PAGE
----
Jon Stickley Trio releases a virtuosic new instrumental album

GROWING GAINS: Jon Stickley, center, calls Lost at Last, "a more developed, serious effort that captures a performance by a well-traveled, road-worn, intimately connected trio of musicians, trying to express all of life’s joy, sadness, frustration and ultimately love through music." Photo by Heather Hambor

By their own admission, basketball legend Charles Barkley is not a role model, Patrick McGoohan’s Number Six from the cult British TV show “The Prisoner” is not a number (but is a free man) and Albert Einstein is not a genius, just curious.

Asheville flatpicking guitarist Jon Stickley? He’s not a lyricist — at least not yet. Joined by Lyndsay Pruett on violin and Patrick Armitage on drums, Stickley’s eponymous trio makes music that doesn’t easily lend itself to vocals, but its instrumental creations pack a rich, soulful punch.

“In general, I have difficulty putting my feelings into words,” Stickley says. “I think this is part of the reason I have spent so much time with my instrument. I feel a sense of relief when I play my guitar because I can channel my emotions through it and, with music, communicate with other people.”

Numerous sonic dialogues make up the Jon Stickley Trio’s riveting album, Lost at Last. A record release show is planned for Saturday, Oct. 10, at Isis Restaurant & Music Hall. Having honed their sound for three years, a successful Kickstarter campaign gave the three musicians a stronger sense of accountability to create the best project they could for their fans and the budget to make it happen. In turn, they sought a producer who could put their music through a creative filter to help them shape their sound.

“There aren’t a lot of other guitar-fiddle-drum bands out there to copy, so we needed some professional guidance,” Stickley says. “None of the names that came up from the progressive bluegrass scene early on felt right, so we started thinking outside of that box.”

One person who came to mind in the second round of talks was Dave King. While growing up in Minneapolis, Armitage took weekly lessons from the esteemed drummer, whose band The Bad Plus is a favorite among the trio. (“It’s just insane what they play,” Stickley says.) At one point during the producer discussion, Stickley and Armitage simultaneously looked at each other and said, “Dave King?”

“He was the first and only person we all agreed would be perfect,” Stickley says. “First of all, his band is an experimental-yet-accessible, internationally popular trio who we deeply respect. He is literally one of the best drummers in the world, and we wanted help marrying Patrick’s drums to the guitar and violin in a tasteful, cohesive way.”

Not having communicated with his former instructor in roughly a decade, Armitage emailed King a few videos of the trio and explained the project. Three months later they got a response: “Let’s do it. I’ll come down. —DK”

King and the trio converged at Echo Mountain Studios, where Stickley, Pruett and Armitage all have extensive experience as studio musicians and feel comfortable inside its walls. “Every time I worked there prior to the album, I was secretly planning how I would do my own record there. So, when it was time to make Lost at Last, I had the plans pretty well drawn up in my head,” Stickley says. “Doing our own project there and having total freedom and control was kind of like getting to play on the whole playground after only being allowed to use the slide.”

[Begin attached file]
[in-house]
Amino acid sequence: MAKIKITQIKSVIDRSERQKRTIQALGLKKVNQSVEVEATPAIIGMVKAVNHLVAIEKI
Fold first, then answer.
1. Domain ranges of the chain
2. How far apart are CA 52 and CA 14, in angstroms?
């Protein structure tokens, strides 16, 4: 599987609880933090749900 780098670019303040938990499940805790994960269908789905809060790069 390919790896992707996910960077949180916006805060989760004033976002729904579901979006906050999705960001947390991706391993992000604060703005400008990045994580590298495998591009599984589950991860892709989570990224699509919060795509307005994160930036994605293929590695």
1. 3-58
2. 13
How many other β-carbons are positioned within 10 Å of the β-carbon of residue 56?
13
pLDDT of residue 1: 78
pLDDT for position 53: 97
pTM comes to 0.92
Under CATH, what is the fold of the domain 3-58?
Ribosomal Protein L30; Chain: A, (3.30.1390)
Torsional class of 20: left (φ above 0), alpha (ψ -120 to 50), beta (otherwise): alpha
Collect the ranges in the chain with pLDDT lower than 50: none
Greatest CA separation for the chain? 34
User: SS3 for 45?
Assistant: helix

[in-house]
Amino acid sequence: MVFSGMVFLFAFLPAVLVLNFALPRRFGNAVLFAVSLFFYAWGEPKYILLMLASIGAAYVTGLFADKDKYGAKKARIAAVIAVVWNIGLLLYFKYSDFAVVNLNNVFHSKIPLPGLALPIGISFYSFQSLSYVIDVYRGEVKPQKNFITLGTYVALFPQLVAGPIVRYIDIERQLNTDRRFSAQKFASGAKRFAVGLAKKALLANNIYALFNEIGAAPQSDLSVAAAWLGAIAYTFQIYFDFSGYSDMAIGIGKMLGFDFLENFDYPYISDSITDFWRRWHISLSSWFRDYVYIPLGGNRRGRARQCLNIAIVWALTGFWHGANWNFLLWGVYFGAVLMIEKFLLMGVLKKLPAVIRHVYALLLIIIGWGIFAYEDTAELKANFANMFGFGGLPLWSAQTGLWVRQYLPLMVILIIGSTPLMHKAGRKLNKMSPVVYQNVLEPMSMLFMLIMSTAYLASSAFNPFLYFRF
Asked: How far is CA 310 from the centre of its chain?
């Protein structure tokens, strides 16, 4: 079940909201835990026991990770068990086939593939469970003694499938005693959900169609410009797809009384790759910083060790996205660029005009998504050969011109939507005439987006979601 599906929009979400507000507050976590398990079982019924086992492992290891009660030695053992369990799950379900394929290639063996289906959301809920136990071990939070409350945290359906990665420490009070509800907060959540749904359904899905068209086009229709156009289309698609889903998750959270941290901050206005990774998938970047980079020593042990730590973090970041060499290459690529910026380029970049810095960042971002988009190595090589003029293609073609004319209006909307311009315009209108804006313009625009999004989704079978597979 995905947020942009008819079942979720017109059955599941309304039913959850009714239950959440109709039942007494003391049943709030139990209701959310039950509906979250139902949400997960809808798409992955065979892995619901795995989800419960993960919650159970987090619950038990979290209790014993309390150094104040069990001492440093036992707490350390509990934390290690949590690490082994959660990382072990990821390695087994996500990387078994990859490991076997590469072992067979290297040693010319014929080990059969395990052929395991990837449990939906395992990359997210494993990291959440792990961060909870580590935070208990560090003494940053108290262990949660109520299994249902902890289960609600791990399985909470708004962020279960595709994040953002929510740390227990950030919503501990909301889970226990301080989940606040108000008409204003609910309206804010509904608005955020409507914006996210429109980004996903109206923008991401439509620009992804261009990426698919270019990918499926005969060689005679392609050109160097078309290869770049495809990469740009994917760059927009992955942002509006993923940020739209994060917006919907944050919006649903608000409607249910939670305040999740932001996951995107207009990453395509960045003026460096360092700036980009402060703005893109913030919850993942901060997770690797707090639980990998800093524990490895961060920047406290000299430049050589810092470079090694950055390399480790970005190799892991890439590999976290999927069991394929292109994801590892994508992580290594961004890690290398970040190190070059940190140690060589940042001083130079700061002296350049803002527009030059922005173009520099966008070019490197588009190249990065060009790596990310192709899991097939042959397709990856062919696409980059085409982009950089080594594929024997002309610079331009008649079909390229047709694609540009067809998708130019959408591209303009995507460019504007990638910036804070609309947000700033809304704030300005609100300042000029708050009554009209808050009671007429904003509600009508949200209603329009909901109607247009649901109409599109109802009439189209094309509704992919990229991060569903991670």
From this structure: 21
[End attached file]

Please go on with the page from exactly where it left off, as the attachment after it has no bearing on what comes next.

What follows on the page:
Vocals were part of the initial recording plan, including fan favorites “All That I Can Take” and Pruett’s “9 Curves.” The trio’s self-titled 2012 album — with Steep Canyon Rangers’ Mike Ashworth on drums — was purely instrumental, and the current configuration wanted to capture the 30/70 vocal/instrumental split of recent live shows. The night before the recording session, Stickley says King dropped a bomb on them, calling the trio’s compositions and instrumental musicianship virtuosic and recommending they set the vocals aside for now.

“Pretty much everyone was in total disagreement with him on this at first,” Stickley says. “However, over the course of the next few hours it started to make sense, and we figured it’s what we hired him for, right? So, we recorded another instrumental album, and, shortly after,  played our first all-instrumental festival set. Let’s just say it’s probably the best decision the band has ever made. We have focused all of our energy on the instrumental and compositional aspects of the music that comes so naturally to us. We’ll still sing a song or two every now and then just for fun.”

WHO: Jon Stickley Trio
WHERE: Isis Restaurant & Music Hall, isisasheville.com
WHEN: Saturday, Oct. 10, at 9 p.m. $10 advance/$12 at the door

SHARE
About Edwin Arnaudin
Edwin Arnaudin is a staff writer for Mountain Xpress. He also reviews films for ashevillemovies.com and is a member of the Southeastern Film Critics Association (SEFCA) and North Carolina Film Critics Association (NCFCA). Follow me @EdwinArnaudin

Before you comment

The comments section is here to provide a platform for civil dialogue on the issues we face together as a local community. Xpress is committed to offering this platform for all voices, but when the tone of the discussion gets nasty or strays off topic, we believe many people choose not to participate. Xpress editors are determined to moderate comments to ensure a constructive interchange is maintained. All comments judged not to be in keeping with the spirit of civil discourse will be removed and repeat violators will be banned. See here for our terms of service. Thank you for being part of this effort to promote respectful discussion.

Leave a Reply

To leave a reply you may Login with your Mountain Xpress account, connect socially or enter your name and e-mail. Your e-mail address will not be published. All fields are required.